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Embrace financial reforms now or suffer later, Geithner warns

With opposition building from industry, regulators and some lawmakers, the Treasury secretary tells Congress that failure to act invites a repeat of the current crisis.

July 25, 2009|Jim Puzzanghera

WASHINGTON — President Obama's plan for a powerful new agency to protect consumers from shady financial products is coming under increasing fire from the industry it would regulate and its allies in Congress, forcing backers to delay action on legislation to put the plan in force.

The proposed Consumer Financial Protection Agency would have broad authority to make consumer protection rules for credit cards, bank accounts and other financial products. It would also monitor institutions for compliance and have the power to penalize those in violation of the rules.

Business groups, along with conservative lawmakers, contend that the financial super cop would end up limiting the choices consumers could make. Adding to the opposition, existing regulators object to parts of the plan that would strip them of their consumer protection powers.

The result has been to push legislation creating the agency off the fast track this week. And Treasury Secretary Timothy F. Geithner was on Capitol Hill on Friday trying to keep the proposal from being derailed or the new agency's authority gutted.

"We can all agree . . . that in the years leading up to the current crisis our consumer protection regime fundamentally failed," Geithner told the House Financial Services Committee. "We believe that the only viable solution is to provide a single entity in the government with a clear mandate for consumer protection in financial products and services with clear authority to write rules and to enforce those rules."

There is still strong Democratic support for the new agency. But Financial Services Chairman Barney Frank (D-Mass.) said he was delaying next week's committee vote on creation of the agency until September to give consumer groups and other supporters time to rebut the opposition.

Frank, who remains a major backer, is critical of regulators such as the Federal Reserve and Office of the Comptroller of the Currency that have argued their specific consumer protection powers shouldn't be shifted to the new agency.

"They can argue that taking the powers away from them may not make sense because the powers that will be taken away from them are in very good shape, because they have rarely been used," Frank said Friday. "They have sat largely undrawn upon for a while, but I think it's time to put them into hands of someone who will use them."

Another key part of the Obama administration's regulatory overhaul, a proposal to give the Federal Reserve new power to monitor the entire financial system for major risks, also is running into opposition on Capitol Hill.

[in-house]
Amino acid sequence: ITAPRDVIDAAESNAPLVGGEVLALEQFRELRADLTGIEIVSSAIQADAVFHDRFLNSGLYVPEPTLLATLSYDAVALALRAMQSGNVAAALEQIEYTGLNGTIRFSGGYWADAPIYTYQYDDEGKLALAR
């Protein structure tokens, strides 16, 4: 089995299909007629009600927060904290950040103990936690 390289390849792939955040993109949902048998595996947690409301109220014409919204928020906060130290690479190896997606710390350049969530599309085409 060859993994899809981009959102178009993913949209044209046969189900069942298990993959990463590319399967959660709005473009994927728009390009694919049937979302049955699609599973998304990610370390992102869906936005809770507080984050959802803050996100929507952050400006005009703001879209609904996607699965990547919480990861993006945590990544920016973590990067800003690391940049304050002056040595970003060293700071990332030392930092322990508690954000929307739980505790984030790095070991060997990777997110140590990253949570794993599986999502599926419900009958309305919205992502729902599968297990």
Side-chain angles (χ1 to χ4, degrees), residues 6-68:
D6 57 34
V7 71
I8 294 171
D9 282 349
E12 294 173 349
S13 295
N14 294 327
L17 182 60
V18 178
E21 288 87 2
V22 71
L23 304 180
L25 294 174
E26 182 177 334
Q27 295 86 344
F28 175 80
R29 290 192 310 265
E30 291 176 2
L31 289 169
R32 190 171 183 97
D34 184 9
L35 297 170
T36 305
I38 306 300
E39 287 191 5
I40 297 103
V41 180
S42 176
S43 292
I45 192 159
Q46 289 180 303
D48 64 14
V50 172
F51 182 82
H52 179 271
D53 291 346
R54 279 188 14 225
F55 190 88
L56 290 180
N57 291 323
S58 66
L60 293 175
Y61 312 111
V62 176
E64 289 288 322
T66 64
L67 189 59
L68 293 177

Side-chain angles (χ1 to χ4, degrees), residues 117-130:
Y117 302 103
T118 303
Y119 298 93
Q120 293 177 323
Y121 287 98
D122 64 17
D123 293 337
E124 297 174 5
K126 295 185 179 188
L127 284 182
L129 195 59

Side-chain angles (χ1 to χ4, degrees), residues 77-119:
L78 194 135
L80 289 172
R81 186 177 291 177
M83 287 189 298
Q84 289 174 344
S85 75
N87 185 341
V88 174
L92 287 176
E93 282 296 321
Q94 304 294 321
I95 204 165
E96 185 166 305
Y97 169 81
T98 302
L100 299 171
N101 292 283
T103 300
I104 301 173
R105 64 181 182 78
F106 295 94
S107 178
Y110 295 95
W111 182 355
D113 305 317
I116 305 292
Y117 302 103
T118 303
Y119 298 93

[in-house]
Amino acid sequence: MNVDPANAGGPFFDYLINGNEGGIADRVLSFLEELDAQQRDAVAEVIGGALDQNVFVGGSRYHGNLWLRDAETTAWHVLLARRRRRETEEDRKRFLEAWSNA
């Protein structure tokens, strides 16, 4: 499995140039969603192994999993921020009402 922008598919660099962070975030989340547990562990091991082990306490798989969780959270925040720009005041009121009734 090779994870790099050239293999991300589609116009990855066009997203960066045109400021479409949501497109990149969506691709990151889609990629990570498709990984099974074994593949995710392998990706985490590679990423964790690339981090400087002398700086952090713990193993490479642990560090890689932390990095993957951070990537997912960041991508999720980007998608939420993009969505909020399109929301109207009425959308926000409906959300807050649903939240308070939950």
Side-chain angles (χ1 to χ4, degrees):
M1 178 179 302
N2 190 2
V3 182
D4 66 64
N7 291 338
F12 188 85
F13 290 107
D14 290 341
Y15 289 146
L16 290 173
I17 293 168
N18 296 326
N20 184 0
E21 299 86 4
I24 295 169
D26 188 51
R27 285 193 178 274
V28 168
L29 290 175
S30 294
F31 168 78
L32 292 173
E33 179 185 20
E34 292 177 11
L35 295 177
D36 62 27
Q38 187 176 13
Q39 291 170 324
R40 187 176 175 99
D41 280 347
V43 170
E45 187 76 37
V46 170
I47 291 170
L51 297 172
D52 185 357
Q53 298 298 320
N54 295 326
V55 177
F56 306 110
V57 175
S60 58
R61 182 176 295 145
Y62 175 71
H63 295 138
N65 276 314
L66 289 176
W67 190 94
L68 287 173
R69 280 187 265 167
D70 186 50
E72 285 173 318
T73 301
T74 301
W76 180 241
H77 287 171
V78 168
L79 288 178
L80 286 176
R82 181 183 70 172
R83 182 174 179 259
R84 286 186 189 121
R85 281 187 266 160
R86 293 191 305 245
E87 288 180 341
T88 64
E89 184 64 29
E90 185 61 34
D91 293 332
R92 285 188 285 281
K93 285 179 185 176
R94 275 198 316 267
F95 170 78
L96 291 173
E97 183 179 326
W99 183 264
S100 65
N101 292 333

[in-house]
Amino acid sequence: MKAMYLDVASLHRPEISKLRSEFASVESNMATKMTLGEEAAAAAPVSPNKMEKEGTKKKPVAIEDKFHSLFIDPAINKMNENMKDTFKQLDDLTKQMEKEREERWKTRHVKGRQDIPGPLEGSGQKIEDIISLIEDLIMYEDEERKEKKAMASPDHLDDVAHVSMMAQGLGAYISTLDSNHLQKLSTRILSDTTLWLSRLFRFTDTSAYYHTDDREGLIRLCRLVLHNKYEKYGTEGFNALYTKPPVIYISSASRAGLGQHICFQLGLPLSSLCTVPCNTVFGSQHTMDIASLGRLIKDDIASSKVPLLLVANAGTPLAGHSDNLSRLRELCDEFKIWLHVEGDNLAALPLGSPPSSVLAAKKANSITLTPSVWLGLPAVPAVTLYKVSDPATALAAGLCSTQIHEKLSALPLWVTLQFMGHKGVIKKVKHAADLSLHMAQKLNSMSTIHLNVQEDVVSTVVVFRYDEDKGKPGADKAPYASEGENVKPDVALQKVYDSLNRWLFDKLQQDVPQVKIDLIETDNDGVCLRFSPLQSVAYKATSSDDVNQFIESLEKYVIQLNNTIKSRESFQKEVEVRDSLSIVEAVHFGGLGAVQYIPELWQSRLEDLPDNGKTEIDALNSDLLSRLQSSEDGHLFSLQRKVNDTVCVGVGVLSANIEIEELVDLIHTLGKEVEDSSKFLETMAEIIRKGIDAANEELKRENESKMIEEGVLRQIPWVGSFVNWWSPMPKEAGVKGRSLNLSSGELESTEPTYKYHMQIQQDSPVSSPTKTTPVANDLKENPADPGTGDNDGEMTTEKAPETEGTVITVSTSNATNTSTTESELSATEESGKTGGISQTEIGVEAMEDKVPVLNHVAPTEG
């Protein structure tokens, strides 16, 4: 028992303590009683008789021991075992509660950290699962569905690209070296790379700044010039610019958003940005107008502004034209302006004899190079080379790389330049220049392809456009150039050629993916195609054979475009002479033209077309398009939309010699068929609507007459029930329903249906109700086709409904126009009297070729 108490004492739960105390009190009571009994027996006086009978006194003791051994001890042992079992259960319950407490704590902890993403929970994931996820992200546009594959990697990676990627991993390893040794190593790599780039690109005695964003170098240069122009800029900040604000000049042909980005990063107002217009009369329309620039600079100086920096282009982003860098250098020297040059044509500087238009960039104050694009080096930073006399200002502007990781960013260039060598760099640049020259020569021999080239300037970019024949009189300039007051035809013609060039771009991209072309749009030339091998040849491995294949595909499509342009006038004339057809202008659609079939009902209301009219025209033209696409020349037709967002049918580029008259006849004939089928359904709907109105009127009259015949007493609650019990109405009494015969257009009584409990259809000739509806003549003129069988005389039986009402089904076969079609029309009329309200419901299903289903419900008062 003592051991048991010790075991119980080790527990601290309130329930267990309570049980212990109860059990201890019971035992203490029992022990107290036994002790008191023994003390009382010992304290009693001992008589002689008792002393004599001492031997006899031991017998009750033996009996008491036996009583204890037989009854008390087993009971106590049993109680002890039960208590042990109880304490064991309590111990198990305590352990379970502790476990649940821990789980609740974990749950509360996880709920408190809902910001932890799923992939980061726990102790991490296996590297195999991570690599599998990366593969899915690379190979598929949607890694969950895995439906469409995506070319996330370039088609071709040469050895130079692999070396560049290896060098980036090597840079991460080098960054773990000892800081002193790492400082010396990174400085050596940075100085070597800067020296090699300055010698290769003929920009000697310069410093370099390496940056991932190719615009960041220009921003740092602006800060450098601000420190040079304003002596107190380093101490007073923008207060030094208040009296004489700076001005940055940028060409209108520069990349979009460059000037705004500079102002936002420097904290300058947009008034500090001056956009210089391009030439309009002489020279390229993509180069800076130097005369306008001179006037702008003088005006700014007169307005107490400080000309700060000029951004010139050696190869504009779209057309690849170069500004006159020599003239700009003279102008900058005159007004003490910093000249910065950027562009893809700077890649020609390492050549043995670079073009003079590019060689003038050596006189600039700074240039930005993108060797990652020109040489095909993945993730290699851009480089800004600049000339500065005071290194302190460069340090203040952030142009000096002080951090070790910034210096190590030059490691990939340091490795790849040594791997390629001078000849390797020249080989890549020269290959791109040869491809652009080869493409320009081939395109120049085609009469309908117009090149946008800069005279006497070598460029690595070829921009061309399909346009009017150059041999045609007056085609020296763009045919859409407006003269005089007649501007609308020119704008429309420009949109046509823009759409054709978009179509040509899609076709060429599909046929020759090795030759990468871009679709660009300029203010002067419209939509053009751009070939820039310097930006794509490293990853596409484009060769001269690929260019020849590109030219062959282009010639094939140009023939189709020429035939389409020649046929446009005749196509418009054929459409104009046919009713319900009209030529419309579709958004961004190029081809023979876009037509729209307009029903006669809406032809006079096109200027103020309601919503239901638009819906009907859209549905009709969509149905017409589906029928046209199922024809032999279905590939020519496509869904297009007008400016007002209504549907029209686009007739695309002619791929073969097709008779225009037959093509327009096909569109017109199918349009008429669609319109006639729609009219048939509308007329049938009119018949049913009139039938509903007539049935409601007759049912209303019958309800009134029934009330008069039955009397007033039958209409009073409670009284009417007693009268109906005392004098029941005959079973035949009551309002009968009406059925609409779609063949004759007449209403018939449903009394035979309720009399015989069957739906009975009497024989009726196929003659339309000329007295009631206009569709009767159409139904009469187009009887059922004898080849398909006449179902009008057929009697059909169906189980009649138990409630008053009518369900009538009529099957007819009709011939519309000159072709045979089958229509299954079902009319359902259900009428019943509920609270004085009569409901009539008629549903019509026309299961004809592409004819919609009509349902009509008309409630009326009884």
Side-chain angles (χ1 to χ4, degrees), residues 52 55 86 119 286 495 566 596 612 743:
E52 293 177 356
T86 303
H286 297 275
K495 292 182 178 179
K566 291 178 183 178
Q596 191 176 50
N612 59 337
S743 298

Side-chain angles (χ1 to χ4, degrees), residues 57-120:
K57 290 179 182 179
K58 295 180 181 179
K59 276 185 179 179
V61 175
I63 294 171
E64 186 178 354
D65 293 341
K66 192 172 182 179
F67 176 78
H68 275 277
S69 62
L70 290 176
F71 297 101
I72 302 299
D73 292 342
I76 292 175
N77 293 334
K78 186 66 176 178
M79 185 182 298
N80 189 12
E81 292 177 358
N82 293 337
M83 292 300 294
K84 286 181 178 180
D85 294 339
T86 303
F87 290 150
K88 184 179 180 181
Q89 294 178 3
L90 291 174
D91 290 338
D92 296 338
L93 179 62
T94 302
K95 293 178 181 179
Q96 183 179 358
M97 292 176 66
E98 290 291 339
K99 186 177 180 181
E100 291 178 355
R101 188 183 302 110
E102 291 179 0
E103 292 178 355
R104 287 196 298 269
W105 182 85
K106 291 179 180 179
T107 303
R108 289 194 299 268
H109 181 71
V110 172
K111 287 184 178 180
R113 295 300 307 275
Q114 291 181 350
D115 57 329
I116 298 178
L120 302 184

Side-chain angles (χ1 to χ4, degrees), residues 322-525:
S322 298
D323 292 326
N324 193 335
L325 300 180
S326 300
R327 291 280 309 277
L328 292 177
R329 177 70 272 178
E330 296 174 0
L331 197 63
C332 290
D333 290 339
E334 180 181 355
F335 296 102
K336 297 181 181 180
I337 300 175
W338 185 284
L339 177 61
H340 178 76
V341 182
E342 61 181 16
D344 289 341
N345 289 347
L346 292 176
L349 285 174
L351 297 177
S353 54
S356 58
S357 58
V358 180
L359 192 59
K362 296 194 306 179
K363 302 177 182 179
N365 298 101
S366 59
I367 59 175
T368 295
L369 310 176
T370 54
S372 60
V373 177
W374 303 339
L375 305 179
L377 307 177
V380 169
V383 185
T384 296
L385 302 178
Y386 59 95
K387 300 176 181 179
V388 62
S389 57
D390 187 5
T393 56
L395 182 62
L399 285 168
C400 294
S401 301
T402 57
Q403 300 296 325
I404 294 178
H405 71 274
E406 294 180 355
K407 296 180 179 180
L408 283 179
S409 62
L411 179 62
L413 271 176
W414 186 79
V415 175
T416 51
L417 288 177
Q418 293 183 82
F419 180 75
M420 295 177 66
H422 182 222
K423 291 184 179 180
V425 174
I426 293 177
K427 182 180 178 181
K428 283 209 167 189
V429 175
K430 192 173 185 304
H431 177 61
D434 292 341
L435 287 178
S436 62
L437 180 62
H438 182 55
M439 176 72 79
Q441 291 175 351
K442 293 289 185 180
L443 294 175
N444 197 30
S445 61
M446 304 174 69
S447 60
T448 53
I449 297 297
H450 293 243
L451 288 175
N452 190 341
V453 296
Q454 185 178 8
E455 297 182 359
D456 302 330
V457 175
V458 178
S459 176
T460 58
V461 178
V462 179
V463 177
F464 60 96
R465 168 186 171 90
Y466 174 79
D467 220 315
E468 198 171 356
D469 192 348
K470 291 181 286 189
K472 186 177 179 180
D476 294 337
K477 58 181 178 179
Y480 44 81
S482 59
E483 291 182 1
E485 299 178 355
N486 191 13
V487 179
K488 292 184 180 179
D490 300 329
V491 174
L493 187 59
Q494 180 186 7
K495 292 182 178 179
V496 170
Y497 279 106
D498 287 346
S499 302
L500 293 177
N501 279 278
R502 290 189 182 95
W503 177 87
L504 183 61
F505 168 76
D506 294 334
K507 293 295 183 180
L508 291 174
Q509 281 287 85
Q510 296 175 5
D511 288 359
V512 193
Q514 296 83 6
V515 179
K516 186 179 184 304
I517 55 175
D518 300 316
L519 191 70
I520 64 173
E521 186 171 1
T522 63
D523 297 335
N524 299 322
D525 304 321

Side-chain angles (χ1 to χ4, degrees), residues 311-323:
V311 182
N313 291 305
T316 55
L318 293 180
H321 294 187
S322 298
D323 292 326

Some Republicans and Democrats oppose granting the Fed more authority, charging that it failed to foresee the current crisis. They also worry the Fed is becoming too powerful because of the emergency lending powers it has used to try to stabilize the economy.

Geithner told Congress it was important to pass the entire package of regulatory reforms this year or risk a repeat of last year's financial crisis, which was triggered in part by defaults on subprime loans by borrowers who may not have understood their obligations.

"The president decided we needed to move quickly while the memory of the searing damage caused by this crisis was still fresh and before the impetus to reform faded," he said. "There is a lot of resistance and opposition, and if we wait and we try to do it piecemeal, it's going to be much harder for this committee to find consensus on something sufficiently strong."

But the consumer agency was the focus of attack for several Republicans, who said it would limit consumer choice by allowing un-elected bureaucrats to determine what kind of financial products would be allowed in the marketplace.

"The proposal represents one of the greatest assaults on consumer rights I have witnessed," Rep. Jeb Hensarling (R-Texas) said. "The legislation will stifle innovation, perhaps the next online banking service or the next frequent-flier mile offering and, worse yet, will contract credit to our small businesses at a time of historic unemployment."

Rep. Melvin Watt (D-N.C.) said the agency was the part of the plan about which he had received the most negative feedback. And though he said the criticisms were overstated, he plans to work with opponents on ways to avoid them.

Consumer protection is now spread over eight agencies. Obama's plan, unveiled last month, would put most of those powers in the new agency, including the Fed's authority to enact consumer protection rules as well as the ability of it and other banking regulators to monitor financial institutions for compliance as part of the bank examination process.

Several regulators said they had problems with parts of the proposed agency, as well as other aspects of the regulatory overhaul.

Fed Chairman Ben S. Bernanke said he wanted the central bank to retain its consumer protection rule-writing authority. And the heads of three banking regulatory agencies -- the Federal Deposit Insurance Corp., Office of the Comptroller of the Currency and Office of Thrift Supervision -- told the committee that they opposed shifting their consumer protection monitoring to the new agency.

Geithner said it was understandable that regulators "aren't enthusiastic" about giving up some of their authority. But he asked Congress to keep such turf defense in mind when weighing the arguments.

"They are doing what they should, which is to defend the traditional prerogatives of their agencies," he said. "I think all arguments need to be viewed through that prism."



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